A large amount of resources is spent writing, porting, and optimizing scientific and industrial High Performance Computing applications, which makes autotuning techniques fundamental to lower the cost of leveraging the improvements on execution time and power consumption provided by the latest software and hardware platforms. Despite the need for economy, most autotuning techniques still require large budgets of costly experimental measurements to provide good results, while rarely providing exploitable knowledge after optimization. This talk discusses a user-transparent autotuning technique based on Experimental Design, that operates under tight budget constraints by significantly reducing the measurements needed to find good optimizations. Our approach enables users to make informed decisions on which optimizations to pursue and when to stop. An experimental evaluation of our approach will be presented, first on the configuration of a GPU Laplacian kernel, and then on kernels from the SPAPT benchmark suite. We will also discuss our ongoing work to apply low-discrepancy sampling and Gaussian Process Regression to search spaces where global structure is hard to detect and exploit.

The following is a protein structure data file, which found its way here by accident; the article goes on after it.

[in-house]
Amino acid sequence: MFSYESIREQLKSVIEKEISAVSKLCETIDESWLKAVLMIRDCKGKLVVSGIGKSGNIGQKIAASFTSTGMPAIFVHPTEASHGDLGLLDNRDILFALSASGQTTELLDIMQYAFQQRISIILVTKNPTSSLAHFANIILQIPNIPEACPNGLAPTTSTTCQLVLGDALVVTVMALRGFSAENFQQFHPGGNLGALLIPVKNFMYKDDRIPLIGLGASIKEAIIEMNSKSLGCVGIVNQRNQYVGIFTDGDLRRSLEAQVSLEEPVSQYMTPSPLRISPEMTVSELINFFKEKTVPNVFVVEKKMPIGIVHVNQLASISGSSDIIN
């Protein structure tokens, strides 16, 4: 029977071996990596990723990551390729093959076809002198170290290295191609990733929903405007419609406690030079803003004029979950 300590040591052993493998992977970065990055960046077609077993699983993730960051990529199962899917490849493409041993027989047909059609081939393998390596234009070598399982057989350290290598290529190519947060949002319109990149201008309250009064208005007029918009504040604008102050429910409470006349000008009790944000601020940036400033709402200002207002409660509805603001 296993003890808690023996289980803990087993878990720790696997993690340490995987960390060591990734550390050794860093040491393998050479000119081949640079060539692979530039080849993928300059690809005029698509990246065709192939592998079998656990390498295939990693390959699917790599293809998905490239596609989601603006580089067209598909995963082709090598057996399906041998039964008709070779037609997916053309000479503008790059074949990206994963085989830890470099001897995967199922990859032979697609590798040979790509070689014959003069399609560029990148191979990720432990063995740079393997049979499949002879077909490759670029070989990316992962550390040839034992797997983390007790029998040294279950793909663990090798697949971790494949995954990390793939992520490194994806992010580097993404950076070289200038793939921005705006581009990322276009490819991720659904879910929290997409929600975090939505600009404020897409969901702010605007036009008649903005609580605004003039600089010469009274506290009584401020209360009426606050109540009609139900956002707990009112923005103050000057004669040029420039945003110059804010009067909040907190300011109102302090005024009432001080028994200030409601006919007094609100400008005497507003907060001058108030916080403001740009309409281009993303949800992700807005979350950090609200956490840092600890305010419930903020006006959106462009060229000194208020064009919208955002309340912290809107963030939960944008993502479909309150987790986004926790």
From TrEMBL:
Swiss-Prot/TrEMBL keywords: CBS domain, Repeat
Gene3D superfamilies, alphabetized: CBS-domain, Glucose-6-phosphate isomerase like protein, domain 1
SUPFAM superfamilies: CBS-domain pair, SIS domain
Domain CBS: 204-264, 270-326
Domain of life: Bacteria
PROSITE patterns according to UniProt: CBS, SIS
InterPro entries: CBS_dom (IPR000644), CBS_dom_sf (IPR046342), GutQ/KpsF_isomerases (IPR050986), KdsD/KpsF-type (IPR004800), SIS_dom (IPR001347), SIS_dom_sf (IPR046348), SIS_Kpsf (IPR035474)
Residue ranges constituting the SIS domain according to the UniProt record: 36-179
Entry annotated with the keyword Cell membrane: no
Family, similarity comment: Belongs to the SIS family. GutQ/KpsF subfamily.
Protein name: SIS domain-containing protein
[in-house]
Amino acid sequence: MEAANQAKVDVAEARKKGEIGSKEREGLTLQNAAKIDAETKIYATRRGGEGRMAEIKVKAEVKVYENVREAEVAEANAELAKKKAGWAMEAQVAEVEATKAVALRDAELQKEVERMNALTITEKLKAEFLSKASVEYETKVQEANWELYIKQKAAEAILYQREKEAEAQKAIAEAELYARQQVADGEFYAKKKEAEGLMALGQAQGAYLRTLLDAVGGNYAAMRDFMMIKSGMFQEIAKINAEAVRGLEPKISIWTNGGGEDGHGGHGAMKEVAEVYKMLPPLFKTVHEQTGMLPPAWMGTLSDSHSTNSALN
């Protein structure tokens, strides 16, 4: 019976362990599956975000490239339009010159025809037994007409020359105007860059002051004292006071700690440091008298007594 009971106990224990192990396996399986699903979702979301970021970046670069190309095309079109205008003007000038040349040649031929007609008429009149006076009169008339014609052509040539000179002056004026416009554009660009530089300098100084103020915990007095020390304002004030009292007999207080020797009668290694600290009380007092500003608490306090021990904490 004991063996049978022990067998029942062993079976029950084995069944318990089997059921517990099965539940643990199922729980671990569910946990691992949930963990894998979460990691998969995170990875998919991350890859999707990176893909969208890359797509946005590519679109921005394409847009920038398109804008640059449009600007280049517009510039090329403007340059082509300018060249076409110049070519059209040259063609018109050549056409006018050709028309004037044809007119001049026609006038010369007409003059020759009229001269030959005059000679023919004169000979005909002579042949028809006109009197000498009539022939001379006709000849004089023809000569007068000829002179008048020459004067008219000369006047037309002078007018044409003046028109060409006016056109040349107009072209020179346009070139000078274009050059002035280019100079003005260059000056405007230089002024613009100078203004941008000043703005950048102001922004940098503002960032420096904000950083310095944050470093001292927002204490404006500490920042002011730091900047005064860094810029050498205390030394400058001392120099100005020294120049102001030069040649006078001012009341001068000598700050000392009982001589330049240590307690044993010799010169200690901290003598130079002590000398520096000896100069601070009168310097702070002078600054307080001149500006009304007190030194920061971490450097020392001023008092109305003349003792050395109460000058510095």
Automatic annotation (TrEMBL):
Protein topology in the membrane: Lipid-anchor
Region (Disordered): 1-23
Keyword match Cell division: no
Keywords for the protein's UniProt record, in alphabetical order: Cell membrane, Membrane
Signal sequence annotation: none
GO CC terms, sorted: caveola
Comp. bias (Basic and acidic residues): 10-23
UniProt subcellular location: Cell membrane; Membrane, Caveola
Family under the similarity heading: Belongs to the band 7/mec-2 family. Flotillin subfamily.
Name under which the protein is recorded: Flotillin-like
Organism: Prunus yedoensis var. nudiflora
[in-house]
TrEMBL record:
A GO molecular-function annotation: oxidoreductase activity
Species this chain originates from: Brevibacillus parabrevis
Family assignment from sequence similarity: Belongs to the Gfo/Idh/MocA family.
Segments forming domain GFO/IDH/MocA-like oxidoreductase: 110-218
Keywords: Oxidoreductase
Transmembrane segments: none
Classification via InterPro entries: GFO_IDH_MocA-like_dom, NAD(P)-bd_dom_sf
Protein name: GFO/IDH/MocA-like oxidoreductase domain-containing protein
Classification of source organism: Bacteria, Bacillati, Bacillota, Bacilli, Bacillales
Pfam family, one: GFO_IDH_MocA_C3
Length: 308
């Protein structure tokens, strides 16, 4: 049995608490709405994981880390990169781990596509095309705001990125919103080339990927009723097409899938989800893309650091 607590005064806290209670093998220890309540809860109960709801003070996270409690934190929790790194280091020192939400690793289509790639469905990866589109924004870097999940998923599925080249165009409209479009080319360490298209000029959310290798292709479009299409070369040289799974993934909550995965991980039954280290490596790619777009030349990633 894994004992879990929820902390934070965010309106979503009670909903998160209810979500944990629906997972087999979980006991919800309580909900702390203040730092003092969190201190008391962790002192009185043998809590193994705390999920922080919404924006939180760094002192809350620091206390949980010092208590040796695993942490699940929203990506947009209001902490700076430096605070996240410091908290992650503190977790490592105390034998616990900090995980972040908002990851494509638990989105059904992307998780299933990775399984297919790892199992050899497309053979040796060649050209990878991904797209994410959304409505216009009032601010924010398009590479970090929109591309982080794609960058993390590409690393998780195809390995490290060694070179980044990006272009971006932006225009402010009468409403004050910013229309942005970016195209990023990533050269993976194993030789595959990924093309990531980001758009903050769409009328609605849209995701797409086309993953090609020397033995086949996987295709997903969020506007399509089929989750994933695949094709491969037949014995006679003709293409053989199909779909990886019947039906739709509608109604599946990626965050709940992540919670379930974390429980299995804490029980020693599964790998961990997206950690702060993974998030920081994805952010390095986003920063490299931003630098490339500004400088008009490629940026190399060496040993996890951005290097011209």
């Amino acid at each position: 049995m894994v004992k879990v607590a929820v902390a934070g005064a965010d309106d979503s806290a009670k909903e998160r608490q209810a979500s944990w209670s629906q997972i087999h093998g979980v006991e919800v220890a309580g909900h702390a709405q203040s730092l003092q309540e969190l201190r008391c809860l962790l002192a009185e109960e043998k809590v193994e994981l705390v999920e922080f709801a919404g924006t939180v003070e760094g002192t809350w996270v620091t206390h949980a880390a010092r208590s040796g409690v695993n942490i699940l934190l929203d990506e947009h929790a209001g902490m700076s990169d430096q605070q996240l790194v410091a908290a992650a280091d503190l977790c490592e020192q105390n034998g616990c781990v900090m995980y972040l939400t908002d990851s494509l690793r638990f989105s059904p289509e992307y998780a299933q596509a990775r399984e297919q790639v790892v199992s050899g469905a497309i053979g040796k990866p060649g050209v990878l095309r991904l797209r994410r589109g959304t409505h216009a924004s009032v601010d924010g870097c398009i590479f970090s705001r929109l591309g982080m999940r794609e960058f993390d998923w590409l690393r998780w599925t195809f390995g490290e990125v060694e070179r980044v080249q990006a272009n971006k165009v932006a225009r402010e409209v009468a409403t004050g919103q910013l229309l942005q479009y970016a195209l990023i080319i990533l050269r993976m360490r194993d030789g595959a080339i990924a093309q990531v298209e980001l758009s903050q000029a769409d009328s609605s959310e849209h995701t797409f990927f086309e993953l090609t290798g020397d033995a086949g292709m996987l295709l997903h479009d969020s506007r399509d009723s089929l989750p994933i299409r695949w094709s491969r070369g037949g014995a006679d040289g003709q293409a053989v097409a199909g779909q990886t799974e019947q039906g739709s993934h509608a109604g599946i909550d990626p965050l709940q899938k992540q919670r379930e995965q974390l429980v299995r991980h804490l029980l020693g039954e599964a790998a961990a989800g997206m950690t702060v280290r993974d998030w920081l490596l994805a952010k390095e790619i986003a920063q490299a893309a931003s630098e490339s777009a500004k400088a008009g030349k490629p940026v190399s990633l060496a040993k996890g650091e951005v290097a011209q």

Pedro Bruel is a Ph.D. student on High Performance Computing at the University of Grenoble Alpes, advised by Arnaud Legrand and Alfredo Goldman. He got his B.Sc. in Computer Science in 2015 from the University of São Paulo, Brazil. Pedro works on autotuning, applying the experimental design methodology to High Performance Computing problems, and is currently on a two-month internship program at Hewlett Packard Enterprise Labs.
This seminar will be streamed. https://anlpress.cels.anl.gov/cels-seminars/